Hockey World Cup 2018: High-flying Belgium reap fruits of domestic planning

Belgium’s domestic structure is club-driven. In the last one decade, the Belgium association has helped clubs generate funds. Since the money is pumped into clubs, players are benefitting.

Before the 2008 Beijing Olympics, the utmost target for Belgium was to qualify for the Games, something which they had been aiming at for almost a decade.

Belgium, who were out of Olympics hockey for 32 years, between 1976 and 2008, are now among the top nations after winning silver in the 2016 Rio Games.

So, what’s the secret behind Belgium’s remarkable turnaround? “Around two decades ago our hockey body — Royal Belgian Hockey Association — changed its vision and incorporated a new structure in the training programme and domestic hockey. They are the main reasons behind the results we are getting in the last four-five years. For 10 years until Beijing, the hockey body pegged its aim at qualifying for the Olympics. Once it achieved that, it shifted focus to podium finish in Rio and we all did it,” says Belgium forward Cédric Charlier, who was part of the Beijing and Rio squads.

Money in hockey

With one batch working long term to achieve qualification, Belgium launched a junior programme in 2006 with the target a podium finish in the Olympics. The high-potential scheme was started in coordination with the two national training centres in Braxgata and in Brussels. Many players in the current squad, including forwards Tom Boon and Florent van Aubel, are from that project.

“Apart from introducing a junior programme, our hockey body started strengthening the club (structure) and got money into the sport. Because of these initiatives, we are able to produce results in world hockey,” says skipper Thomas Briels, who was a member of the squad that played in the Olympics after 32 years and then saw the success in Rio. He played in the 2010 London Games too.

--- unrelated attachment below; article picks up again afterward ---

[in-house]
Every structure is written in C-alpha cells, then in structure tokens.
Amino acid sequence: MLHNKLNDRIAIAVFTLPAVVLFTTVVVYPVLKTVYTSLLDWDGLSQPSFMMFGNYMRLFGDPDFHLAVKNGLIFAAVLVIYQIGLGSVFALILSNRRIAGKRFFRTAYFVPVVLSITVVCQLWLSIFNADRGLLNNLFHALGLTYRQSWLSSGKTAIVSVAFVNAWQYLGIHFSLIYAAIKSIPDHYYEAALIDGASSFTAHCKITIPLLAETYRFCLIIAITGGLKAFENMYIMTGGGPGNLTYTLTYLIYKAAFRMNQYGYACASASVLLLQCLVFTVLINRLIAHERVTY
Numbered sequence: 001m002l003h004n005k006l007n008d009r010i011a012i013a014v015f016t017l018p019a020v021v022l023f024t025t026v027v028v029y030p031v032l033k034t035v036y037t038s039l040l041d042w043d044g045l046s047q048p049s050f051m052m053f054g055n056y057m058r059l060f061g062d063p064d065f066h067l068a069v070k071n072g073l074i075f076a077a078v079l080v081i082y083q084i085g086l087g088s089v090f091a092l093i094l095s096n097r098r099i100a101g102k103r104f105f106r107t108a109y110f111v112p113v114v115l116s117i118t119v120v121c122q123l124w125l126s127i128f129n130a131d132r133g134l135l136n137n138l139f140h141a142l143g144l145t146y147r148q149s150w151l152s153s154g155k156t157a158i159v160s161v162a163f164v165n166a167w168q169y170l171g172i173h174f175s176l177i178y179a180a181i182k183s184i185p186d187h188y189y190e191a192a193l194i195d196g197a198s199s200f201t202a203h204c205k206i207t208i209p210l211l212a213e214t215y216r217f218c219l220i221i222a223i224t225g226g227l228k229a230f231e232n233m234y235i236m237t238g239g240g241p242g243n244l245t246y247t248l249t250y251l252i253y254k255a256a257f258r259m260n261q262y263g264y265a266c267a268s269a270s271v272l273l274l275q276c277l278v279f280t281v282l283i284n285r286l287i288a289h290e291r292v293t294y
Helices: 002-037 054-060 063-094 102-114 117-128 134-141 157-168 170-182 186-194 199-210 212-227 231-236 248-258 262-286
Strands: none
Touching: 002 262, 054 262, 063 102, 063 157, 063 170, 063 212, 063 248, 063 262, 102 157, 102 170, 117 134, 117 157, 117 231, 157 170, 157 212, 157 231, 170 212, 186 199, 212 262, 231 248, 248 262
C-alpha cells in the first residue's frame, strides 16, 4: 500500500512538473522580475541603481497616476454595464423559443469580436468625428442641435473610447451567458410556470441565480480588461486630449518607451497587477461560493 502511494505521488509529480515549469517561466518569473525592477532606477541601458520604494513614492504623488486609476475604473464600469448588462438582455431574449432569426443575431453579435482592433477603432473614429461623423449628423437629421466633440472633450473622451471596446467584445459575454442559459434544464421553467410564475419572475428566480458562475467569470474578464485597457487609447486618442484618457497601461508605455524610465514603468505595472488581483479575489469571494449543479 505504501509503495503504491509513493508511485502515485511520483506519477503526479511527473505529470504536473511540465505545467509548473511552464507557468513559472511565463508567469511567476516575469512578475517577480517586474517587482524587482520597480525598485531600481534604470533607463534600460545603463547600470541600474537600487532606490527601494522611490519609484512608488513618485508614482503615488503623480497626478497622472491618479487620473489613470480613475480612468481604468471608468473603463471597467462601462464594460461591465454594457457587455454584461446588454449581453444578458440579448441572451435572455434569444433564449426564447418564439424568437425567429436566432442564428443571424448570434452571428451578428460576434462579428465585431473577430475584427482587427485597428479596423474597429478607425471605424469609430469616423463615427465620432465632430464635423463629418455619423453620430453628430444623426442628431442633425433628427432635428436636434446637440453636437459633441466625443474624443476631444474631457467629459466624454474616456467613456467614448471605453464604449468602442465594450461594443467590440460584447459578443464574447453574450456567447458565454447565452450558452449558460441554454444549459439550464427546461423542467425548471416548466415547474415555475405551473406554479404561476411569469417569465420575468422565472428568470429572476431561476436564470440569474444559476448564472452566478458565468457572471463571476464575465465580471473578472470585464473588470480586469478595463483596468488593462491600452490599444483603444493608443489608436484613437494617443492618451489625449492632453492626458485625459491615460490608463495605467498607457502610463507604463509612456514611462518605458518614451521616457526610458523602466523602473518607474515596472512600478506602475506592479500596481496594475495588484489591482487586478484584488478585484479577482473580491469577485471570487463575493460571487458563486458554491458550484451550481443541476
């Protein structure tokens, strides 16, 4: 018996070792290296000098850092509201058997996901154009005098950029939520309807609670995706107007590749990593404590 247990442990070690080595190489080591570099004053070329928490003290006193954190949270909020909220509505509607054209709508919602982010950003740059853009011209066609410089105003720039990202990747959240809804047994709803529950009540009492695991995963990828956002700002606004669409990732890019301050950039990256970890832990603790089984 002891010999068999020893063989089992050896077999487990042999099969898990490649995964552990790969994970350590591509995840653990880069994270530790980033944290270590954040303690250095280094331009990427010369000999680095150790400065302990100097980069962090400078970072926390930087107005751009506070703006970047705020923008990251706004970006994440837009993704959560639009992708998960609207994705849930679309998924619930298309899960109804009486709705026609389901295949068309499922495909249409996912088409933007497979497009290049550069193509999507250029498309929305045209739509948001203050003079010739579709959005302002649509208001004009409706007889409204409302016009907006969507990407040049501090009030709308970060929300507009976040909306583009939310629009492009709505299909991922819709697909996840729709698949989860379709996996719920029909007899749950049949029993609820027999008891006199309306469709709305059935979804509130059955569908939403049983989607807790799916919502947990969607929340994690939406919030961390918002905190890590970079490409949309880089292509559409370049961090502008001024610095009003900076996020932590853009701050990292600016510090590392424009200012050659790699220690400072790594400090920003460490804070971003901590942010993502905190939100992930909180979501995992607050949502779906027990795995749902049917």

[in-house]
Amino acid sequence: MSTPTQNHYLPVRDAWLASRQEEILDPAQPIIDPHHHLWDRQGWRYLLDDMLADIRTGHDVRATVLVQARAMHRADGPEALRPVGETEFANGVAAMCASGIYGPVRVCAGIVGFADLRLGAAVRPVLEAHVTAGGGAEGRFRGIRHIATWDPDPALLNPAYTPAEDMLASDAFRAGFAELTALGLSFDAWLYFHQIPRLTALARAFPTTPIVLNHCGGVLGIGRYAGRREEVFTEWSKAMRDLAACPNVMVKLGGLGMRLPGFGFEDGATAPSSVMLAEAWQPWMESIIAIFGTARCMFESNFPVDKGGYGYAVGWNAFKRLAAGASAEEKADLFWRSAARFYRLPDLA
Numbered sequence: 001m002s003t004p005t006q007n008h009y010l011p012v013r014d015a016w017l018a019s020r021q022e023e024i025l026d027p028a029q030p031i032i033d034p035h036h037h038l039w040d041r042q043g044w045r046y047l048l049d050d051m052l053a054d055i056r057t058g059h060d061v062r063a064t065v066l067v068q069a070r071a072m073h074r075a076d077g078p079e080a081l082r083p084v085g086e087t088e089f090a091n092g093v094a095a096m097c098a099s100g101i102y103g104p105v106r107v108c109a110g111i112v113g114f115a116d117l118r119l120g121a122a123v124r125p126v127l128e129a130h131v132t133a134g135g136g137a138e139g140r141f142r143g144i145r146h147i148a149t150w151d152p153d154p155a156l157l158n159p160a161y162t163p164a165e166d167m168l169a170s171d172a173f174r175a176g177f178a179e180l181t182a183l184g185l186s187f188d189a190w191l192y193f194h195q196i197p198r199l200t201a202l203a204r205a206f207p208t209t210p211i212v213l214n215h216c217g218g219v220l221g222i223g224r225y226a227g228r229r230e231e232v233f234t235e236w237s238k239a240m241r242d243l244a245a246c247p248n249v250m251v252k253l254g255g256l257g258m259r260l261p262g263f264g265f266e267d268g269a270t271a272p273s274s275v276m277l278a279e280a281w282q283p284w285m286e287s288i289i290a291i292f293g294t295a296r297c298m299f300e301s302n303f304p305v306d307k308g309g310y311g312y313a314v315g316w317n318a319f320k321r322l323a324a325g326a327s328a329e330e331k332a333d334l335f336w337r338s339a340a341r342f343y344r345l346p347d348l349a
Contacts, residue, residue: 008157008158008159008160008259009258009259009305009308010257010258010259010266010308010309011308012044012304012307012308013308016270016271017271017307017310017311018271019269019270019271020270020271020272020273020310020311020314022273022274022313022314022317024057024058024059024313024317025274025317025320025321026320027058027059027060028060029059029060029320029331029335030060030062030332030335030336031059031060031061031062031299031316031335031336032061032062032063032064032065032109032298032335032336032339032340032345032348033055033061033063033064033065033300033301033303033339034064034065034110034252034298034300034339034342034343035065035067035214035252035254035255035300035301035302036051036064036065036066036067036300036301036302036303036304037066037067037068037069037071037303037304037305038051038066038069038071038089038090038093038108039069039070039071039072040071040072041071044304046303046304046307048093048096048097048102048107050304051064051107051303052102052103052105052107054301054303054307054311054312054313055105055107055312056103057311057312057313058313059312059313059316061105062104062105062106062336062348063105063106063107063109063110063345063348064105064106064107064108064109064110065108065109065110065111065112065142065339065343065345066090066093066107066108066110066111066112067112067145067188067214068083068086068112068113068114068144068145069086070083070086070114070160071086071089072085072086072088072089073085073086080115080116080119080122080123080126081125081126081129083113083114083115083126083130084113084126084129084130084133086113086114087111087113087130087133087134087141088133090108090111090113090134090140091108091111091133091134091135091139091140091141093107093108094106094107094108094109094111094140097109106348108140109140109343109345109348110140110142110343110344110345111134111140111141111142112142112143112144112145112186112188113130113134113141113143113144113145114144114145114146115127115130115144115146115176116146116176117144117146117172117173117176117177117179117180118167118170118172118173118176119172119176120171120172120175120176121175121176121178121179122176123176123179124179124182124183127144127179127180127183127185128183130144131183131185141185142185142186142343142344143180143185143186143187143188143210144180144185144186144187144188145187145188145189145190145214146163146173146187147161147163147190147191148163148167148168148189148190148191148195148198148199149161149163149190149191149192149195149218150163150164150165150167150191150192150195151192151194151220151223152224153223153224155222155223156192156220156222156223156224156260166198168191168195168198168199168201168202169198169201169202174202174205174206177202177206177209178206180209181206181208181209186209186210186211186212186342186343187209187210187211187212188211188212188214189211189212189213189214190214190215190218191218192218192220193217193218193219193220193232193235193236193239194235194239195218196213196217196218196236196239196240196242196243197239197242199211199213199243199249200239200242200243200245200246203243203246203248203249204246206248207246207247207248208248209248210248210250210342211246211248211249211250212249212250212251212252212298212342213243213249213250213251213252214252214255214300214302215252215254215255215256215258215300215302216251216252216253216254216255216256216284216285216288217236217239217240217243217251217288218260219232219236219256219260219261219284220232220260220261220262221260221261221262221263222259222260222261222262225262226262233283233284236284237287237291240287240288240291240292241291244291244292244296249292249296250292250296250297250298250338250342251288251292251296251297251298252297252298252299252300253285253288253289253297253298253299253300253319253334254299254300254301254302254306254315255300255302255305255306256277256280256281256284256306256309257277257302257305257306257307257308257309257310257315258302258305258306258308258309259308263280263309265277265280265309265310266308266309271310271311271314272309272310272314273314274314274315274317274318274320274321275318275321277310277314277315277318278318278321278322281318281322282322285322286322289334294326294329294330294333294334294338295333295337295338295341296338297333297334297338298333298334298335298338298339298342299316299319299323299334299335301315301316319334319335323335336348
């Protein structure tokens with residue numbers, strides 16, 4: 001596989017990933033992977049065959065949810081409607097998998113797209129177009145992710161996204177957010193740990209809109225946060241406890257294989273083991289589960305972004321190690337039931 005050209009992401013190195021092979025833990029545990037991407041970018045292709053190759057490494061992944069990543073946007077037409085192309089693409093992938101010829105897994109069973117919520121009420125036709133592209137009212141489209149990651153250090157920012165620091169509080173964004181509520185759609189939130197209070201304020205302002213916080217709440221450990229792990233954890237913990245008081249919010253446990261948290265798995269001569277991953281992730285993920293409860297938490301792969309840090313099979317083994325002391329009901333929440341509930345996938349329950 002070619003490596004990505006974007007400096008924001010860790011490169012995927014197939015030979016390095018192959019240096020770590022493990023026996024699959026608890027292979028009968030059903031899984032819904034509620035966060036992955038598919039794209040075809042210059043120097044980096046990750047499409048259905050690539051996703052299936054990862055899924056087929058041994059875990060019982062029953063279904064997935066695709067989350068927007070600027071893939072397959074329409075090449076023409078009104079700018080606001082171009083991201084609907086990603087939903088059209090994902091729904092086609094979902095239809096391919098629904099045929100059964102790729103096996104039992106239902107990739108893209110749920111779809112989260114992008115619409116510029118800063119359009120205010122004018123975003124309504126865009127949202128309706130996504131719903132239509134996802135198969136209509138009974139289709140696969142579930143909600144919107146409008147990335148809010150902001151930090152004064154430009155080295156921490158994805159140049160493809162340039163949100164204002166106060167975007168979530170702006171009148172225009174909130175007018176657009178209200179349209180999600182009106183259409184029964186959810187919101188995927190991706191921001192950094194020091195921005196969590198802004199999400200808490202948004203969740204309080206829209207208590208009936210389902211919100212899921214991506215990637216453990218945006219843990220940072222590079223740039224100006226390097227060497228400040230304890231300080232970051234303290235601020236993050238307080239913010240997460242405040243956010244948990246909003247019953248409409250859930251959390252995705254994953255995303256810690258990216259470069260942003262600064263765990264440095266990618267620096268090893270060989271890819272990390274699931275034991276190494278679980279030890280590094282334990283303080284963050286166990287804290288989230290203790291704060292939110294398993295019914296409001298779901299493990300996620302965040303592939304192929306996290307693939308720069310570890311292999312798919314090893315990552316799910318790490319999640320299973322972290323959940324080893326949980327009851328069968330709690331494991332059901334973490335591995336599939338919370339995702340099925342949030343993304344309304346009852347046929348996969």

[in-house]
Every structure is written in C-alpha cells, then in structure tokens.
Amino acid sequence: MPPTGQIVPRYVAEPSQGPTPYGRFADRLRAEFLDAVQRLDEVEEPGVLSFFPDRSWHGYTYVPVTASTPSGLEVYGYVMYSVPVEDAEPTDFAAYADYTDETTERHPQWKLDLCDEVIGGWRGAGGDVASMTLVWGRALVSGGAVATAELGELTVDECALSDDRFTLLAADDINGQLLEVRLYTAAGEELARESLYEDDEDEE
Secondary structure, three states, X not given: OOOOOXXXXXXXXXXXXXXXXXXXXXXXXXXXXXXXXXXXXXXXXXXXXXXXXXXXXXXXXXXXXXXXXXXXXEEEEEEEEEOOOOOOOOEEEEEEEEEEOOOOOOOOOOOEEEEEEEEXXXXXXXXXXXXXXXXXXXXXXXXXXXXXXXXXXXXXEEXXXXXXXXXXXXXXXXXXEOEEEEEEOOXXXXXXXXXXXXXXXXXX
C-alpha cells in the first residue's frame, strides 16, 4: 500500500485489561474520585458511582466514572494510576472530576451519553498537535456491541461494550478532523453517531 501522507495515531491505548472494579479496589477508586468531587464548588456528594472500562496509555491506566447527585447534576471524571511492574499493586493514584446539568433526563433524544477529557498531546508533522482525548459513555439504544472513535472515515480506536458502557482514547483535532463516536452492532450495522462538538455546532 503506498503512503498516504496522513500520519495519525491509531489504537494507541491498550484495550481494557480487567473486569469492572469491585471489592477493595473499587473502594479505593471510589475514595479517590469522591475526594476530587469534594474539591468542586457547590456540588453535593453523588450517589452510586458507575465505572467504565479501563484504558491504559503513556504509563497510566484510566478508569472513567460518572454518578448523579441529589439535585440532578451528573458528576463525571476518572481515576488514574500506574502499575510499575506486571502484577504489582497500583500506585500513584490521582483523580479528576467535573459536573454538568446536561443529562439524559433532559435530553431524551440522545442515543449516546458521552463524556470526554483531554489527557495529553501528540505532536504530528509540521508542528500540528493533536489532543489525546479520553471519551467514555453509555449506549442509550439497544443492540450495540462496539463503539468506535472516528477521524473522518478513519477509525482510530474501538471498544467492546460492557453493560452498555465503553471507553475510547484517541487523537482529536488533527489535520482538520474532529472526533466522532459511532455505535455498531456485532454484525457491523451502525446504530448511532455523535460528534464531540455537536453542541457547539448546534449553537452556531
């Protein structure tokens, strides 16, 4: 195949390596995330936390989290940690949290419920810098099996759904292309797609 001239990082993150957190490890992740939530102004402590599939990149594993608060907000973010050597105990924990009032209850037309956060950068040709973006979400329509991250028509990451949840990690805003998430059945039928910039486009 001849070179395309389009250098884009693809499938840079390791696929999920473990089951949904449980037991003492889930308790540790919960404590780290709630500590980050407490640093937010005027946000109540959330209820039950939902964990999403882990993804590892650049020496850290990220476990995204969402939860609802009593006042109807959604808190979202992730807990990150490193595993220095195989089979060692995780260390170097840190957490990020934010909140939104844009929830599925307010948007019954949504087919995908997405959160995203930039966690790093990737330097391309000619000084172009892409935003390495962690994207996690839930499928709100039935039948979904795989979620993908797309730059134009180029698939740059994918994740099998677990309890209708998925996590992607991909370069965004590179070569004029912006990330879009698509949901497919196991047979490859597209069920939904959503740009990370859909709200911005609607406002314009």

“Earlier, the players in our national team were not full time into hockey. They had to look beyond hockey for survival. But now the scenario is different. All the members in our team are professionals. If they are into some job, it is because of their own choice not because of lesser money in the sport,” adds Briels.

Strengthen club structure

Belgium’s domestic structure is club-driven. In the last one decade, the Belgium association has helped clubs generate funds. Since the money is pumped into clubs, players are benefitting.

“Earlier, there was hardly any money involved in the sport, but the hockey body, through the help of the Olympic association and government, got money into the sport,” says Briels. “Our association has told us ‘you concentrate on hockey’; they will take care of our financial requirements.”

With the Hockey Pro League starting in January, players in the national squad will be available for a shorter time in the first half of 2019. The Belgium hockey body has made changes to its domestic league structure to ensure the top players can feature in the Pro League and for their clubs.

Leave a Reply

Your email address will not be published. Required fields are marked *